This article is the first in a four-part series about demand response.
Energy use has long been a focus of USGBC. Historically, LEED energy use strategies focused on efficiency: reducing the amount of energy used to perform a certain task or provide a certain service. As LEED has matured, we’ve given more thought to other ways building owners and facility managers can improve the sustainability of their energy use.
In LEED v4, we introduced a new credit for demand response (DR) to encourage building owners and facility managers to take into account not only how much electricity a building used, but also when, and to reward LEED project teams that willingly reduce electricity use during periods of high demand.
In 2010, USGBC rolled out Energy and Atmosphere Pilot Credit 8 Demand Response (EApc8) to test the credit requirements and gauge market interest in demand response as a strategy. In 2013, USGBC took a closer look at registrations and certification trends for the pilot credit. A few highlights are included below.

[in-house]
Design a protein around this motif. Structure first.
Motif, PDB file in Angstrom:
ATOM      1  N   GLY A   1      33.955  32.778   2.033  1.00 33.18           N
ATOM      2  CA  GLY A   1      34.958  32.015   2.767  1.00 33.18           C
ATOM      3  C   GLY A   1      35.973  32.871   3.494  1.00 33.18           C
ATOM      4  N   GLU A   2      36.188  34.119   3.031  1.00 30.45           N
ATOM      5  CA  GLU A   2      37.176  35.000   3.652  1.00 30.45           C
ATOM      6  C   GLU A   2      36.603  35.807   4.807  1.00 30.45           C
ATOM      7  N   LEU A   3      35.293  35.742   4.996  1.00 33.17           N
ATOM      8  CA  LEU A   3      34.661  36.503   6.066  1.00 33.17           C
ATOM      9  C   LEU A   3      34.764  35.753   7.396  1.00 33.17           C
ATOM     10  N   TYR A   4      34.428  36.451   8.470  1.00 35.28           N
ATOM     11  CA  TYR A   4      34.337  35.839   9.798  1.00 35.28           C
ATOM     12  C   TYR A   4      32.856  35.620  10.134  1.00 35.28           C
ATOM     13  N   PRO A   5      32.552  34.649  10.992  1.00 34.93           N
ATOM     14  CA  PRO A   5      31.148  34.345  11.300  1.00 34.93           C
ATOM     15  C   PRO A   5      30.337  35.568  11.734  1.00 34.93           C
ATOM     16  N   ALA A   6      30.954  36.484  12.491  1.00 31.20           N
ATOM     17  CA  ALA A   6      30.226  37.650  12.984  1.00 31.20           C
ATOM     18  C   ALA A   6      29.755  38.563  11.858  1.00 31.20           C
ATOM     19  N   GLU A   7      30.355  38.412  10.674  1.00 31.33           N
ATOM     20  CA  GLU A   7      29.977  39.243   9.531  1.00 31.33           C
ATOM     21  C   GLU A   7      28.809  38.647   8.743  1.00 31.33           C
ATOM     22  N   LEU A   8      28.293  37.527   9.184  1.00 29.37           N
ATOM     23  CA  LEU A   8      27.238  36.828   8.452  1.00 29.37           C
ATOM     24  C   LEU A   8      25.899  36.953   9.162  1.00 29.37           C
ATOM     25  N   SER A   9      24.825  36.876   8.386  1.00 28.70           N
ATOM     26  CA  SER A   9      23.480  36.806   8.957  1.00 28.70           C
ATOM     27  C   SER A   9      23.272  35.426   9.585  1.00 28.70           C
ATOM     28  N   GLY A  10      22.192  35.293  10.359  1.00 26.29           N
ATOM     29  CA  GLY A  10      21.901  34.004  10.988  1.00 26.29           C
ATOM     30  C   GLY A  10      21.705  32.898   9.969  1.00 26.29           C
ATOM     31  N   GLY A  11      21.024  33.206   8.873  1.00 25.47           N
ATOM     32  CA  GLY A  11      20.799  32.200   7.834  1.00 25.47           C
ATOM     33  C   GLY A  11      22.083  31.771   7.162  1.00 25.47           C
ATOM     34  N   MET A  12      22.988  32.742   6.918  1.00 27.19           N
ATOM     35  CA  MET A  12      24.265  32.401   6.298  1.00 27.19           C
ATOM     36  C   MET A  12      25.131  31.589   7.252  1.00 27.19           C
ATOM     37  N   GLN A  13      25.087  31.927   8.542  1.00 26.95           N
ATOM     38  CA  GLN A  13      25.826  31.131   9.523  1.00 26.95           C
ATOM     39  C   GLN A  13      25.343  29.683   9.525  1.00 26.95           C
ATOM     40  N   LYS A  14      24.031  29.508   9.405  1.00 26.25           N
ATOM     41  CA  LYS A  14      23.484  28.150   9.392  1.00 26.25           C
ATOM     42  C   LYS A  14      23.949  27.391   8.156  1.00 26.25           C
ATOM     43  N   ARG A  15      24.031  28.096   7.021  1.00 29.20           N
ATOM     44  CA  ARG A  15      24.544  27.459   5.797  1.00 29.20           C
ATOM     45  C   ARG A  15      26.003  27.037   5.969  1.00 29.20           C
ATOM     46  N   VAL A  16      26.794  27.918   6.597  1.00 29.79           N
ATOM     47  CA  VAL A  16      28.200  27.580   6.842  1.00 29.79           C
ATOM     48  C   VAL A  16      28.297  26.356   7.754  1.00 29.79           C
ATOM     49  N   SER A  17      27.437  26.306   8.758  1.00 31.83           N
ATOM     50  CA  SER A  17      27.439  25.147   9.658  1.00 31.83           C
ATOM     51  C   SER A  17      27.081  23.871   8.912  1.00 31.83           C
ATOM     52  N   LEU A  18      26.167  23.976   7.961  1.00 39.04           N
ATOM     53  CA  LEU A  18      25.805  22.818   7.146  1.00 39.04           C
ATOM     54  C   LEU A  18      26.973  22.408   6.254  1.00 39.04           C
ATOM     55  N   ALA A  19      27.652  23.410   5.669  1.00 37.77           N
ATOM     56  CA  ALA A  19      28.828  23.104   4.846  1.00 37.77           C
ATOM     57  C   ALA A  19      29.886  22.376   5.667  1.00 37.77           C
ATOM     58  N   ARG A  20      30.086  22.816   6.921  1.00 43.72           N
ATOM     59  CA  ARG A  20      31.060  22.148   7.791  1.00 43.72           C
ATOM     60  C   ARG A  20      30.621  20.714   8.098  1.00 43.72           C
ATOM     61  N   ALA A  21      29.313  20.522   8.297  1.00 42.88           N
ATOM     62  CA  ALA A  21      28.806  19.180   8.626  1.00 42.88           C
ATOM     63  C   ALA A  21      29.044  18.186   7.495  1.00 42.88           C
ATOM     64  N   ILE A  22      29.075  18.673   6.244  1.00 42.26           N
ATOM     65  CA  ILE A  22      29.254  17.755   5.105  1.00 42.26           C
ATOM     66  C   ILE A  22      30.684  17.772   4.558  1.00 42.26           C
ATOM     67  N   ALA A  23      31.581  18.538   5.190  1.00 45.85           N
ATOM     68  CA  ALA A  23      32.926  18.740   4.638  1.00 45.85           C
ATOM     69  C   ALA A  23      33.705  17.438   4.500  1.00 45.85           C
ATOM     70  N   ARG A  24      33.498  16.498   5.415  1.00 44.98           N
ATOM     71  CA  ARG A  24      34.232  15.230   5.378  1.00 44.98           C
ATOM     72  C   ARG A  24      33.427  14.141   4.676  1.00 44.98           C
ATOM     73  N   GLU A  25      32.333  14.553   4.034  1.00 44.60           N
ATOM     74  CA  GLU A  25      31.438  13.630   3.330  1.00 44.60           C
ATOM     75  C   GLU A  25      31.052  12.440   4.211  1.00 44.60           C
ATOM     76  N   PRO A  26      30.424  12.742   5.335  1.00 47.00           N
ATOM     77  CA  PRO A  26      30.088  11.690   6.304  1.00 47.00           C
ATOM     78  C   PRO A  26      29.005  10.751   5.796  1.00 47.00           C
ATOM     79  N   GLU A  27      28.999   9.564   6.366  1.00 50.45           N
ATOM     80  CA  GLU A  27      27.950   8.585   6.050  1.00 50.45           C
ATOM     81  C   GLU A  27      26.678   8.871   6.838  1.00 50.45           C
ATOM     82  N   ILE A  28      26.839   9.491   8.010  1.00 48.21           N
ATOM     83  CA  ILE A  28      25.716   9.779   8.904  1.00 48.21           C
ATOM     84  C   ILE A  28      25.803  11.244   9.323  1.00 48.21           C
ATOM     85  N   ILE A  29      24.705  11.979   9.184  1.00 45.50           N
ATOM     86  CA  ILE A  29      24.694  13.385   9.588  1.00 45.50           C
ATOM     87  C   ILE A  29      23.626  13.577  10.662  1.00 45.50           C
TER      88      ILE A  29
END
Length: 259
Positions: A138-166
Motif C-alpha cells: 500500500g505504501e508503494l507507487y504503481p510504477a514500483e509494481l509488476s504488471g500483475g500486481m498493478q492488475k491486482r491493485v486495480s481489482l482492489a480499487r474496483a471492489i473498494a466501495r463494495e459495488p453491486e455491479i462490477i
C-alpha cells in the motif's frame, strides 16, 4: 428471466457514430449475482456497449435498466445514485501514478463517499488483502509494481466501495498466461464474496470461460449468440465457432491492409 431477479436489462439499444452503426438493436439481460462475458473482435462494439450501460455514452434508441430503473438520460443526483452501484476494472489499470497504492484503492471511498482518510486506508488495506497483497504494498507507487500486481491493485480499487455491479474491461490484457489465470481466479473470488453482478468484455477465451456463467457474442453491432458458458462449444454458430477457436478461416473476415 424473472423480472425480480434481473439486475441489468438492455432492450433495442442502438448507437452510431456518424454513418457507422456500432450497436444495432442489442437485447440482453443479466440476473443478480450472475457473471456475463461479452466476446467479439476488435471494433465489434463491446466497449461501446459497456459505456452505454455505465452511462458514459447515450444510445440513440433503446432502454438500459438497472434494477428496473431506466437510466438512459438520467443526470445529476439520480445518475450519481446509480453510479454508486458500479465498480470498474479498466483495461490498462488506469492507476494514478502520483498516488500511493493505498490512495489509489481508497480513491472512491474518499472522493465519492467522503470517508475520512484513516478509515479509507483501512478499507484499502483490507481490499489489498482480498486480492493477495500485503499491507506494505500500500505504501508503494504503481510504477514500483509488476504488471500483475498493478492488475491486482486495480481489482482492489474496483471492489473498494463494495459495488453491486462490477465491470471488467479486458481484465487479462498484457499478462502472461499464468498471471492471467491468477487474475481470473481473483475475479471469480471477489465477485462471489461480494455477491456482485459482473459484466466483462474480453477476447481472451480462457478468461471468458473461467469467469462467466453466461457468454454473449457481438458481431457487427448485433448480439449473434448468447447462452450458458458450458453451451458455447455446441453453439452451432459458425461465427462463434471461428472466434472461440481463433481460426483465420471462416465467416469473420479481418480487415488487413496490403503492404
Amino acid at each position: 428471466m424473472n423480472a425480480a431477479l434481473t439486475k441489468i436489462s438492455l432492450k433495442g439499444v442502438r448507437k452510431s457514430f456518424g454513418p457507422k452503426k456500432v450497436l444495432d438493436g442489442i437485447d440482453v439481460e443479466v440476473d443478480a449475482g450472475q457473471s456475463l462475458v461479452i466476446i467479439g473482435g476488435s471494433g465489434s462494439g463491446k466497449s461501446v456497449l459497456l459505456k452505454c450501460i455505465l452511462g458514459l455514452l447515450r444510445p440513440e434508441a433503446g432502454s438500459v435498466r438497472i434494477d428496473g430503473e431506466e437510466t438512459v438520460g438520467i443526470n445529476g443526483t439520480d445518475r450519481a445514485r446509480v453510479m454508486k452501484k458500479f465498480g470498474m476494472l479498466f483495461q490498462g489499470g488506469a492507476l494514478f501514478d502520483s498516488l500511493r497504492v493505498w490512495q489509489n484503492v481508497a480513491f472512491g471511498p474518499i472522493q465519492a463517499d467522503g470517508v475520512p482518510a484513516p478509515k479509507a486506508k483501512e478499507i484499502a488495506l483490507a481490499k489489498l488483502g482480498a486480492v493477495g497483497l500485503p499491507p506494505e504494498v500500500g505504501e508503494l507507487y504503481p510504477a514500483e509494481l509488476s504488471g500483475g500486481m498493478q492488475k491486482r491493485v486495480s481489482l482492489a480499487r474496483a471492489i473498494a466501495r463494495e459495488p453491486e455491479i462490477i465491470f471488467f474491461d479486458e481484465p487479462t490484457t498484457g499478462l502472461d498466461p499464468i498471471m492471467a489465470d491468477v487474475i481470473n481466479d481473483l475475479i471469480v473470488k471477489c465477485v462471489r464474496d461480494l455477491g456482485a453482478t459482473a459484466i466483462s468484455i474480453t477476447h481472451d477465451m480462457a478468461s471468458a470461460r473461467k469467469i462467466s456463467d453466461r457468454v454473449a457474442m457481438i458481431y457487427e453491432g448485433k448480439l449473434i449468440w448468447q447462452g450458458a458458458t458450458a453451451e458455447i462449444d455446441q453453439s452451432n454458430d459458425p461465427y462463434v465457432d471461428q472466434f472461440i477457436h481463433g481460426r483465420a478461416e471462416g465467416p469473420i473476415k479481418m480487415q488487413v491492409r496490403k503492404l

When it closed in 2015, 270 projects had registered for the pilot credit. These projects represent 11 countries around the world.
Table 1. DR pilot credit registrations by country
Within the United States, the highest number of registrations were seen in California and New York.
Figure 1. DR pilot credit registrations by state
The pilot credit was written primarily for commercial buildings. Pilot credit registrations were mostly office and mixed-use buildings, but also included many other project types.
Figure 2. DR pilot credit registrations by rating system and project type
Of the projects that submitted the pilot credit for review, there was 96.5 percent achievement rate. Feedback from project teams indicated that the pilot credit was an easy, low-cost strategy for projects with the necessary infrastructure already in place.
EApc8 was formally adopted as Energy and Atmosphere Credit Demand Response in LEED v4. In May 2015, the pilot was closed and moved to the LEED Innovation Catalog.
About this series
This article is the first in a four-part series about demand response and the Demand Response Partnership Program:
- Piloting demand response in LEED
- Understanding the participant experience and perceptions
- Quantifying the impacts of demand response
- Implementing demand response: case studies